I don't have a good sense of whether all this is real cause for alarm, or just a blip in the road. But it does seem to me that in the last few years, with a combination of very low government interest rates and tighter restrictions on bank lending, there has been a lot of eagerness by investors to "search for yield" in corporate bond markets. It wouldn't be startling to find that a share of those investors have not taken appropriate care to hedge the risks involved.
A version of this article first appeared on Conversable Economist.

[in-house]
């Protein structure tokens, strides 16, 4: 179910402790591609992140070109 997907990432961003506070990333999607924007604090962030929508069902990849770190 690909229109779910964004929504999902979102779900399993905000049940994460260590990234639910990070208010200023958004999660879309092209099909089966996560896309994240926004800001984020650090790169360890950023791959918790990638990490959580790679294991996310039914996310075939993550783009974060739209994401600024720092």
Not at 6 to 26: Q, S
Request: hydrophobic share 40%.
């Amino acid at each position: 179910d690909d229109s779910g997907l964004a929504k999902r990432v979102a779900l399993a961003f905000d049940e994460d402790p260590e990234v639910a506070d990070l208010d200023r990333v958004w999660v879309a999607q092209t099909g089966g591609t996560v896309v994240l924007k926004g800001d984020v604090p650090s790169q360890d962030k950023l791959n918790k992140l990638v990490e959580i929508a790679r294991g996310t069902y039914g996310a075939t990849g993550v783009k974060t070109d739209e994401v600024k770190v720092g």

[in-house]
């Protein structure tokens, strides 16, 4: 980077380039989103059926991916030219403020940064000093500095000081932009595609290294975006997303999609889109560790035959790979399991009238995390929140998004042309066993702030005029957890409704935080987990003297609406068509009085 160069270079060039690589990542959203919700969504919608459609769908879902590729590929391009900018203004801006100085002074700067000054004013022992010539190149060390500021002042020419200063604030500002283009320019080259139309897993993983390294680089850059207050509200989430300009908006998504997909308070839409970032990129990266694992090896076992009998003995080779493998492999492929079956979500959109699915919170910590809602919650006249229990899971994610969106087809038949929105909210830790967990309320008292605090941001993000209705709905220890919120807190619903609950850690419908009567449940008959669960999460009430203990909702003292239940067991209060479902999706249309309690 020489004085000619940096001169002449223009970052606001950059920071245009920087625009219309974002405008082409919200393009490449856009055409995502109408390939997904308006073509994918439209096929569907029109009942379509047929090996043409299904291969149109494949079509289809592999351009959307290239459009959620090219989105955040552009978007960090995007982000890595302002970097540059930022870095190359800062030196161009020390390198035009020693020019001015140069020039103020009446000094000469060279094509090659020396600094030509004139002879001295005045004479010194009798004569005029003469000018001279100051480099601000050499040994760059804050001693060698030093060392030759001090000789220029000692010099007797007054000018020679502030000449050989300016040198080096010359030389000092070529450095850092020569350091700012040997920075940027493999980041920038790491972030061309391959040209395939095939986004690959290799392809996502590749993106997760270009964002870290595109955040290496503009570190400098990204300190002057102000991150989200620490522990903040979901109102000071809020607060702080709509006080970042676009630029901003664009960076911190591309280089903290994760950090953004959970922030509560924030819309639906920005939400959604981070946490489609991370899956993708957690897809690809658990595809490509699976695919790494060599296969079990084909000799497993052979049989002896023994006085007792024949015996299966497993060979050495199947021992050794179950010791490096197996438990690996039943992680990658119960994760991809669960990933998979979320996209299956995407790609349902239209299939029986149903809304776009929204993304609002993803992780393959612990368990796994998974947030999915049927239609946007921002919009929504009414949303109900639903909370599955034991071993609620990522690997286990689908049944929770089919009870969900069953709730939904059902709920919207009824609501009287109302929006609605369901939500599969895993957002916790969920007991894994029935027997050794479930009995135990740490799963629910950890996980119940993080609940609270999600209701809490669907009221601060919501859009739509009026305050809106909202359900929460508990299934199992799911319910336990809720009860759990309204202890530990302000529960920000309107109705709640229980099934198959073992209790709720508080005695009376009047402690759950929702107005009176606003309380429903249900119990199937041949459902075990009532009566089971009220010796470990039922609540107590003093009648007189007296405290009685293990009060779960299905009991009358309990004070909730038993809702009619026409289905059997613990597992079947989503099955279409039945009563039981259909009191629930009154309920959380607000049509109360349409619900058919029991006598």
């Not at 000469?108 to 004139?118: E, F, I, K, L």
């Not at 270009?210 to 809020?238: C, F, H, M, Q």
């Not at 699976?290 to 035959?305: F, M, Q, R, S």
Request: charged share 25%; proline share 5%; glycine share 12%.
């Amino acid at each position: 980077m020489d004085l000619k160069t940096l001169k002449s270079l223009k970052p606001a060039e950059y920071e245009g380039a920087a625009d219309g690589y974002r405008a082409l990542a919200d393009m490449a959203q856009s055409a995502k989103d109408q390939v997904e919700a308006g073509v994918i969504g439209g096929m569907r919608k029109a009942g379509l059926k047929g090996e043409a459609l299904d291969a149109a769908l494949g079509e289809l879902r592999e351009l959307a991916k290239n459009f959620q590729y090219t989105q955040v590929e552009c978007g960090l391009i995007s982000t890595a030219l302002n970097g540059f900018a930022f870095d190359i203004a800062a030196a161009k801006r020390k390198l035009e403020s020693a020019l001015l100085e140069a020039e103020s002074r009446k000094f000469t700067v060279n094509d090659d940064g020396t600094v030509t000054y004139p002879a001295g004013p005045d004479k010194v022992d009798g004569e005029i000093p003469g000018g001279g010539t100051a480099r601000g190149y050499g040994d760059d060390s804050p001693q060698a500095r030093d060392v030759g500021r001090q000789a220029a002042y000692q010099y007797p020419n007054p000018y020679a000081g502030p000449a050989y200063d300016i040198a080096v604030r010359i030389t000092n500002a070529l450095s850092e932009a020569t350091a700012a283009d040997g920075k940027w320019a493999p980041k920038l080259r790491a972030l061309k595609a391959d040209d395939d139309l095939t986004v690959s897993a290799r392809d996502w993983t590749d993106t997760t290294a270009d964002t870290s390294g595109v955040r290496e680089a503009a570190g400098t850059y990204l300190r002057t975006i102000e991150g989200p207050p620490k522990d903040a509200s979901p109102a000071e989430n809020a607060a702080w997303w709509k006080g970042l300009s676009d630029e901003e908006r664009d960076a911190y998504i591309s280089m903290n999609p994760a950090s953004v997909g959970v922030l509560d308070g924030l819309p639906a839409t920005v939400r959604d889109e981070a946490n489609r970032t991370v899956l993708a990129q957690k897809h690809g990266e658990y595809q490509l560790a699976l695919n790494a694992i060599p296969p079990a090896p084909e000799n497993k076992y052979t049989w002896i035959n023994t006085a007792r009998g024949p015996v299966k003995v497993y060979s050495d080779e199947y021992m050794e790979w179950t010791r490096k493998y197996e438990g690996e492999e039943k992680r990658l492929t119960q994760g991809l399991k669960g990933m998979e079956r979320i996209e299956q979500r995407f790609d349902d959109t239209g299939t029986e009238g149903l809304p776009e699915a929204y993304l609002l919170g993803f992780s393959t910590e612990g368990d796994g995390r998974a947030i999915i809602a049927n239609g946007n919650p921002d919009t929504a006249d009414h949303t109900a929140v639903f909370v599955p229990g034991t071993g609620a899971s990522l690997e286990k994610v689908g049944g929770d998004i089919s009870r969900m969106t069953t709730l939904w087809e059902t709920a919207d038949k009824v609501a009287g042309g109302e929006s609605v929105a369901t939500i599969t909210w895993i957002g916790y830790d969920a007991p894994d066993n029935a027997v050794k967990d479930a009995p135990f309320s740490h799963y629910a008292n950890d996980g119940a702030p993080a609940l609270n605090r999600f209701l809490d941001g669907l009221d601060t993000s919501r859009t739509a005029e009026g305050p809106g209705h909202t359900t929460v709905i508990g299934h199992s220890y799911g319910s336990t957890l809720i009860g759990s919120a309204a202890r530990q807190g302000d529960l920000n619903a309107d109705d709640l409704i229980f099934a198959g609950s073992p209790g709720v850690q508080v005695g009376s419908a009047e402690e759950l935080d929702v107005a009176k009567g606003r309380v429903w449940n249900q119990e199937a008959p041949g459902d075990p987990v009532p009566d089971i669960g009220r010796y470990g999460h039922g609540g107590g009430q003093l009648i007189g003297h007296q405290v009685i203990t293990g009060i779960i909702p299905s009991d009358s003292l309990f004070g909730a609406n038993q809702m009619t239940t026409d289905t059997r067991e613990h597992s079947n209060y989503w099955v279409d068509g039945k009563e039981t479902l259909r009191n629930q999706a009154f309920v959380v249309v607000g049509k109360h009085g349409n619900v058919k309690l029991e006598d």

Timothy Taylor is an American economist. He is managing editor of the Journal of Economic Perspectives, a quarterly academic journal produced at Macalester College and published by the American Economic Association. Taylor received his Bachelor of Arts degree from Haverford College and a master's degree in economics from Stanford University. At Stanford, he was winner of the award for excellent teaching in a large class (more than 30 students) given by the Associated Students of Stanford University. At Minnesota, he was named a Distinguished Lecturer by the Department of Economics and voted Teacher of the Year by the master's degree students at the Hubert H. Humphrey Institute of Public Affairs. Taylor has been a guest speaker for groups of teachers of high school economics, visiting diplomats from eastern Europe, talk-radio shows, and community groups. From 1989 to 1997, Professor Taylor wrote an economics opinion column for the San Jose Mercury-News. He has published multiple lectures on economics through The Teaching Company. With Rudolph Penner and Isabel Sawhill, he is co-author of Updating America's Social Contract (2000), whose first chapter provided an early radical centrist perspective, "An Agenda for the Radical Middle". Taylor is also the author of The Instant Economist: Everything You Need to Know About How the Economy Works, published by the Penguin Group in 2012. The fourth edition of Taylor's Principles of Economics textbook was published by Textbook Media in 2017.